The Most Important Donkey In All Of Ravenloft


A photo posted by Wil Alambre (@wilalambre) on

"Curse Of Strahd" is a adventure supplement for fifth edition Dungeons And Dragons. Its based on the classic Ravenloft campaign setting inspired by gothic horror stories like Bram Stoker's "Dracula". Its always been a popular adventure for game masters and for players. But this isn't a story about the setting itself. No, this is a story of how a simple pack animal inspires some of the most creative and entertaining roleplaying I've witnessed in a long while.

So, a couple months ago, six friends and I decided to play through "Curse Of Strahd". I was trusted to be the game master for the campaign. During the standard character creation process, one of the players spent some of his gold coins on a donkey and a cart. He named the donkey Steve. He did not name the cart.

Since any Ravenloft game can be oppressively dark and often depressing, I use Steve for comedic effect, you know, to lighten the mood as need be. Steve doesn't "hee-haw", instead he "baas". Steve casually eats anything within reach, including rotten wooden crates and parts of wrought-iron fences. Steve always looks upon the characters with impotent distain. Its possible that Steve thinks he's a goat, or that Steve's owner doesn't actually know what a donkey looks like.

Now, during the character creation process, I asked that everyone play Good characters. "Curse Of Strahd" is supposed to be an adventure of dread and awe. I wanted characters that'd be uncomfortable with the setting, disturbed by the moments, creeped out by the creatures. I didn't want "tough guy loners" that'd "seen worse than that" or morally compromised mercenaries taking advantage of a situation. After all, what's the point of running a campaign based on classic horror if everyone's going to treat zombies and ghosts with "oh hums" and yawns? I wanted characters that cared, that worried, that could be afraid.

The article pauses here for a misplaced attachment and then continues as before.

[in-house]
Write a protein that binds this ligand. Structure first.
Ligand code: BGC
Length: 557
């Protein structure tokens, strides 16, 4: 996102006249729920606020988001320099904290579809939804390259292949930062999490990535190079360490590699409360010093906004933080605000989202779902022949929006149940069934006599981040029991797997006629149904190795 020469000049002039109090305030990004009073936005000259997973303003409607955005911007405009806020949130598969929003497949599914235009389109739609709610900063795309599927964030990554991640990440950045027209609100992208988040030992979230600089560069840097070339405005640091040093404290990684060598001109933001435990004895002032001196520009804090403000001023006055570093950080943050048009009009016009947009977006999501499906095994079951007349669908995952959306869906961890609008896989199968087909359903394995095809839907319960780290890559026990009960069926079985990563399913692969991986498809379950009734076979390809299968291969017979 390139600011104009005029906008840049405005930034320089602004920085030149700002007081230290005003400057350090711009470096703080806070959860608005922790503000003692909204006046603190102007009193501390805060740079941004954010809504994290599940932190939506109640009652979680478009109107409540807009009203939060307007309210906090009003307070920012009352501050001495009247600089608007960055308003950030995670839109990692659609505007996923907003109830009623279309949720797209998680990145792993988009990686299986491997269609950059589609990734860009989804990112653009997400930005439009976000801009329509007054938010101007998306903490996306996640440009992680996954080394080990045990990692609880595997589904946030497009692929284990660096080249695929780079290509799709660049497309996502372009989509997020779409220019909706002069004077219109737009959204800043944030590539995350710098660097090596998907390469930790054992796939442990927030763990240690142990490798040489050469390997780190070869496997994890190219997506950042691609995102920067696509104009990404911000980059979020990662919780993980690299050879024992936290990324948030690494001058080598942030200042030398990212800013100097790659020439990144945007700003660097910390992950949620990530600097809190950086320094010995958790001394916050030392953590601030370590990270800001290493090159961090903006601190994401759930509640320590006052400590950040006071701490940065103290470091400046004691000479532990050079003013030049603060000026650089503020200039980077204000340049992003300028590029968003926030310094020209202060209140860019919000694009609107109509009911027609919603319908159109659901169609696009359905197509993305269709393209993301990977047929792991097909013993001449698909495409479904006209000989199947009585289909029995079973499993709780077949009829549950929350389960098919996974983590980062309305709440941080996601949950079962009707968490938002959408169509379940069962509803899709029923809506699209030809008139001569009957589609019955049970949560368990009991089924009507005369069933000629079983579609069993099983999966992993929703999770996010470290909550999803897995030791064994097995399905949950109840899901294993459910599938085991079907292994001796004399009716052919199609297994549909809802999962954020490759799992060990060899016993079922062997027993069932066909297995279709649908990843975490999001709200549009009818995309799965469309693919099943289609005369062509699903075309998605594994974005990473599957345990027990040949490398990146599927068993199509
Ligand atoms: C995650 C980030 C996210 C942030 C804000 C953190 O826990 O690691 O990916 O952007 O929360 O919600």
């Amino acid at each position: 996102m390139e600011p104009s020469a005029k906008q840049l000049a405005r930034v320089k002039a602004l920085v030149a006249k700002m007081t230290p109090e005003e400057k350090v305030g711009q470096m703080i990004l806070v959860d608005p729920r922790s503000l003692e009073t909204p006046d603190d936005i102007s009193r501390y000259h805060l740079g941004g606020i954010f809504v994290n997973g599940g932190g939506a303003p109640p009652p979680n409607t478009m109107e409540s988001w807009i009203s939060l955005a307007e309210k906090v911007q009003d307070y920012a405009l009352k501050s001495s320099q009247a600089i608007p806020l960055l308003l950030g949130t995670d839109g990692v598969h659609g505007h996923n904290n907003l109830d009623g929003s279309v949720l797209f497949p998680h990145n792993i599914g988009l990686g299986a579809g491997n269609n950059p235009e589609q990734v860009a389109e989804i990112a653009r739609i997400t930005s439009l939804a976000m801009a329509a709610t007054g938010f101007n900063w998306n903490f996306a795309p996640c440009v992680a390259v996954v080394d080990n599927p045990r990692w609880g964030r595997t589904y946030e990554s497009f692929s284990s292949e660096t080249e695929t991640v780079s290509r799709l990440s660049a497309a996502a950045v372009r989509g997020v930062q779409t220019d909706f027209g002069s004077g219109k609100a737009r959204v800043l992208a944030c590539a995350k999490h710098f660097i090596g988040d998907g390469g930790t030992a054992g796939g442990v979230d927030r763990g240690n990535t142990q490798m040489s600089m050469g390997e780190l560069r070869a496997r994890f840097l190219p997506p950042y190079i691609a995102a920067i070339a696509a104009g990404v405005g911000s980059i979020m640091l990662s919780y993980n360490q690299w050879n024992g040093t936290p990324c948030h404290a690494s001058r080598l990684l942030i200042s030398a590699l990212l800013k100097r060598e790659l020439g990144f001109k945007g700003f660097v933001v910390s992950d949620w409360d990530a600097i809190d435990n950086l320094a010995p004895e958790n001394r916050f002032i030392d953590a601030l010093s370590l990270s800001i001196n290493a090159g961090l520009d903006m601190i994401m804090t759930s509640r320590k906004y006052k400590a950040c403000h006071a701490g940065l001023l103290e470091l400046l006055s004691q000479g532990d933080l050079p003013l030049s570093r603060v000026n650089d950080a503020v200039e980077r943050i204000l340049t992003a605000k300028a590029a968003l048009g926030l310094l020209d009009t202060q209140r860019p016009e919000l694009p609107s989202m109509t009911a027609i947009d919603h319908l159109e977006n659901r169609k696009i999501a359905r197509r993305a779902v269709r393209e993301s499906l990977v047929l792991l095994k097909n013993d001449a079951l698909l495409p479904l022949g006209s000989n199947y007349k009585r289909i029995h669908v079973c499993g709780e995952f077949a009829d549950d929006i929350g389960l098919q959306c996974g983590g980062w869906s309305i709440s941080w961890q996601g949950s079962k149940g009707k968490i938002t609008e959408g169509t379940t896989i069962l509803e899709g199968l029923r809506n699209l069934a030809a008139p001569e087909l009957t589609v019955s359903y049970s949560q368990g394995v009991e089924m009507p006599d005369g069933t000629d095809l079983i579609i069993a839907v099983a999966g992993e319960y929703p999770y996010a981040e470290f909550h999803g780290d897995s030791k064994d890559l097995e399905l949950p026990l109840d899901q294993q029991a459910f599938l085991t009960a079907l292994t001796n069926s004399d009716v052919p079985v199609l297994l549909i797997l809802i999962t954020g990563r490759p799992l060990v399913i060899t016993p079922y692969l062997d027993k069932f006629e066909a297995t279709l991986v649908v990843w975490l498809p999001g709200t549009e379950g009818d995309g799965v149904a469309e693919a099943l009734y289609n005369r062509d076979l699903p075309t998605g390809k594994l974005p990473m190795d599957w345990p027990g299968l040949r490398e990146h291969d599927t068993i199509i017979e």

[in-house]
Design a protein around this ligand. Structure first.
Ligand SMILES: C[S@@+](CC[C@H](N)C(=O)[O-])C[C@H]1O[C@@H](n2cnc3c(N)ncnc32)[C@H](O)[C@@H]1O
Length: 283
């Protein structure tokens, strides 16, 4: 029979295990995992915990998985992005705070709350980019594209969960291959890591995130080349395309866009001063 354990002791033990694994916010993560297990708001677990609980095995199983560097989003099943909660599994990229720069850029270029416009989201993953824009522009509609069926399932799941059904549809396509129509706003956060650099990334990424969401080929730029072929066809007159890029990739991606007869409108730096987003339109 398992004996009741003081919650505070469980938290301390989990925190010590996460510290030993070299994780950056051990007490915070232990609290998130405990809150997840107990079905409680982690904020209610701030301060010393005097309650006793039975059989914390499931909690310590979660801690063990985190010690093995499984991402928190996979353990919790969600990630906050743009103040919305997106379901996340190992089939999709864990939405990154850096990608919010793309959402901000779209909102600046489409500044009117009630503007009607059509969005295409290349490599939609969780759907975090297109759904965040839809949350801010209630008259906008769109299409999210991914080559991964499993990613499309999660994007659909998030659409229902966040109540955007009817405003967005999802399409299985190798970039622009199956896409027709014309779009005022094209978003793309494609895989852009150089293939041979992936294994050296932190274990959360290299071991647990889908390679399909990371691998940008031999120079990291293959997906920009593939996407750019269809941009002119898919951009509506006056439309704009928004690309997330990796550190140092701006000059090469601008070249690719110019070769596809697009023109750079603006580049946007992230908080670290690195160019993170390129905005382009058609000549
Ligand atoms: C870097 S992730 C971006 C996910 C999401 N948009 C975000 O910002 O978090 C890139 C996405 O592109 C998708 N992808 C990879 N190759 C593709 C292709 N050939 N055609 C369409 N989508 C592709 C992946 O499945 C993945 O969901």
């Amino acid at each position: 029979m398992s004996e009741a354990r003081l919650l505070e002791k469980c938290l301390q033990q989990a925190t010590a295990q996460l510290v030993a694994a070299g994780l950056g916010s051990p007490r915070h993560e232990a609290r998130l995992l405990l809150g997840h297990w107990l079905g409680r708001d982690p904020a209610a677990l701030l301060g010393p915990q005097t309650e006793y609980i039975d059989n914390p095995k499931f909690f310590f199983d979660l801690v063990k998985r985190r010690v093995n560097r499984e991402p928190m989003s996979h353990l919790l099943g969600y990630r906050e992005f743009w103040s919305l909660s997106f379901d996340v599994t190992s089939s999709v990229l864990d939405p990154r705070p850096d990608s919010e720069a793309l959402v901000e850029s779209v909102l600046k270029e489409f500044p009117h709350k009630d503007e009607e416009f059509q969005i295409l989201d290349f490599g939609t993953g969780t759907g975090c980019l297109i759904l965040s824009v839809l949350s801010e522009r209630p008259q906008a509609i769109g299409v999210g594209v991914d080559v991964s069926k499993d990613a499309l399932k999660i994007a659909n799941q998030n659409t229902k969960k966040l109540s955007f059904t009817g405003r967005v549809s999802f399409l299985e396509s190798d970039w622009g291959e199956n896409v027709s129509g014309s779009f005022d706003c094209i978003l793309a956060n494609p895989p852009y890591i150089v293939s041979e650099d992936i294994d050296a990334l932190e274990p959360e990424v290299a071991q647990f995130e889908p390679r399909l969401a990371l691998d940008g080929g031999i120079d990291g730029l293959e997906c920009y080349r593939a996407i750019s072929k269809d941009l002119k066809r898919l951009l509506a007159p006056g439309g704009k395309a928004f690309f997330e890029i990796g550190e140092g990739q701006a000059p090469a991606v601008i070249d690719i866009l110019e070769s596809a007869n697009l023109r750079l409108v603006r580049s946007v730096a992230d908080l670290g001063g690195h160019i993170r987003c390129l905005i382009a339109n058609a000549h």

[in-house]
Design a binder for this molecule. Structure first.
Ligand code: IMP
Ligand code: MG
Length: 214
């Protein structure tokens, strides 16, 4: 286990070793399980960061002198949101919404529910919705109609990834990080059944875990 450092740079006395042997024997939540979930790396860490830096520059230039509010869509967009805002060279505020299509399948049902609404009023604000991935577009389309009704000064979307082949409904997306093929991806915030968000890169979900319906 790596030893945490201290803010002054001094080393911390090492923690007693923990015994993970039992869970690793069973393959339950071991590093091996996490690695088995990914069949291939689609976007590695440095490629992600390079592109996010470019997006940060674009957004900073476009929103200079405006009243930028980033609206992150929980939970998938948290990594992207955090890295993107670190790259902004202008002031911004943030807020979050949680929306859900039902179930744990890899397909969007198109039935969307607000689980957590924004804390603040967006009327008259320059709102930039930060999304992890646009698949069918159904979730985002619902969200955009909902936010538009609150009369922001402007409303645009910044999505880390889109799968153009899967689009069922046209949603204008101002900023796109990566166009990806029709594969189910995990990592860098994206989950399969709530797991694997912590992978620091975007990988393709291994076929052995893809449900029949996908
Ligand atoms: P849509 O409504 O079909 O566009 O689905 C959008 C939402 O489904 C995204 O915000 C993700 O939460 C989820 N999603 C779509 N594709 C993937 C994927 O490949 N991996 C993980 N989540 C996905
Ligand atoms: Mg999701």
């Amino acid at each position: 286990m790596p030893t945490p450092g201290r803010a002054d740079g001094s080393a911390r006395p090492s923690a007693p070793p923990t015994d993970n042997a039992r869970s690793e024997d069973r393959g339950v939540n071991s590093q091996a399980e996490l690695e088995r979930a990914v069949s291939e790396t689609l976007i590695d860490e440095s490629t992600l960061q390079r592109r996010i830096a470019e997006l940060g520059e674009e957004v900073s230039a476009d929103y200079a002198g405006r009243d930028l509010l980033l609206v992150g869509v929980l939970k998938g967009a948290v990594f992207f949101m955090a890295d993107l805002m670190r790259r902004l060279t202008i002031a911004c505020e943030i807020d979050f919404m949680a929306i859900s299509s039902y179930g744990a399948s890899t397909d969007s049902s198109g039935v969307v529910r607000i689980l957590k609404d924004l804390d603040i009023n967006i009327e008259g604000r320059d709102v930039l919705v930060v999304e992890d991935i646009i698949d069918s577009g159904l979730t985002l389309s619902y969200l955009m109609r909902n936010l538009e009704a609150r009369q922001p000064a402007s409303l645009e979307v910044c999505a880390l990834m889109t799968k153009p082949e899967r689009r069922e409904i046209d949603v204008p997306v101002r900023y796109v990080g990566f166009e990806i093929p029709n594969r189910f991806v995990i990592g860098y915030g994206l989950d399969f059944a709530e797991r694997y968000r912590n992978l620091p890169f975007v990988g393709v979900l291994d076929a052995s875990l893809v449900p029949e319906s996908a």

I also wanted to reenforce that idea mechanically. I wanted the players to feel concern and loss, even if it was just on a statistical game-play level. So I made a deal with them. If any of their characters died, they could roll up new ones under two restrictions: the new characters were natives of Barovia and the new characters would always be one level lower than any of the original party members.

The first restriction is just thematic. The characters the players start with are the ones that bring hope to the cursed province of Barovia. They represent the best chance to defeat Count Strahd, the big bad vampire lord. That concept gets diluted a bit if another outsider can just "show up" whenever a player makes a new character. But a native of the province, they might be inspired by the successes of the party, to take up the family sword, to join the fight! This does limits what player's choices of races and classes a bit, but it enforces the concept that the player's original characters were "special".

That limitation of race and class is part of the second restriction. The idea is to add a little healthy paranoia to player choices. Its not meant to be a punishment, and the idea of being a level lower than the original party members isn't cumulative... If there are 3 surviving original party members at level 6, then any "replacement" characters (our inspired Barovians) will be level 5. It doesn't matter how many the players cycle through. And since the players all level up at the same time, its easy enough to keep track of.